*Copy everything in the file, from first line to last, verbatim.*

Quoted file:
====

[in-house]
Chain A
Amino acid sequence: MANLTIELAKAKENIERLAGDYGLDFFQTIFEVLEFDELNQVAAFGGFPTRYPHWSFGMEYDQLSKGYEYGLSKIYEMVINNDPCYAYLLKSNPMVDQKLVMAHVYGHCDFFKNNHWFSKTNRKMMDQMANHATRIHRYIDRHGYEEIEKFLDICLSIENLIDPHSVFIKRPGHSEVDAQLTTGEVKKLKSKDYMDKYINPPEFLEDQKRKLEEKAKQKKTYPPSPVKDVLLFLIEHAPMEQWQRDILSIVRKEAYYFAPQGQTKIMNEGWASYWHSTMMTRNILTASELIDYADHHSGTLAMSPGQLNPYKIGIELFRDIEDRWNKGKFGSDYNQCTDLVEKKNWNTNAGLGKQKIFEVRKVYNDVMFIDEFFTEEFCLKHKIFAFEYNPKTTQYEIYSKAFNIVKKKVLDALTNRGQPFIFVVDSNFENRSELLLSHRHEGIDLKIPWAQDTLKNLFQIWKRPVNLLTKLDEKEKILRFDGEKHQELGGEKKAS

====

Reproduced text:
[in-house]
Chain A
Amino acid sequence: MANLTIELAKAKENIERLAGDYGLDFFQTIFEVLEFDELNQVAAFGGFPTRYPHWSFGMEYDQLSKGYEYGLSKIYEMVINNDPCYAYLLKSNPMVDQKLVMAHVYGHCDFFKNNHWFSKTNRKMMDQMANHATRIHRYIDRHGYEEIEKFLDICLSIENLIDPHSVFIKRPGHSEVDAQLTTGEVKKLKSKDYMDKYINPPEFLEDQKRKLEEKAKQKKTYPPSPVKDVLLFLIEHAPMEQWQRDILSIVRKEAYYFAPQGQTKIMNEGWASYWHSTMMTRNILTASELIDYADHHSGTLAMSPGQLNPYKIGIELFRDIEDRWNKGKFGSDYNQCTDLVEKKNWNTNAGLGKQKIFEVRKVYNDVMFIDEFFTEEFCLKHKIFAFEYNPKTTQYEIYSKAFNIVKKKVLDALTNRGQPFIFVVDSNFENRSELLLSHRHEGIDLKIPWAQDTLKNLFQIWKRPVNLLTKLDEKEKILRFDGEKHQELGGEKKAS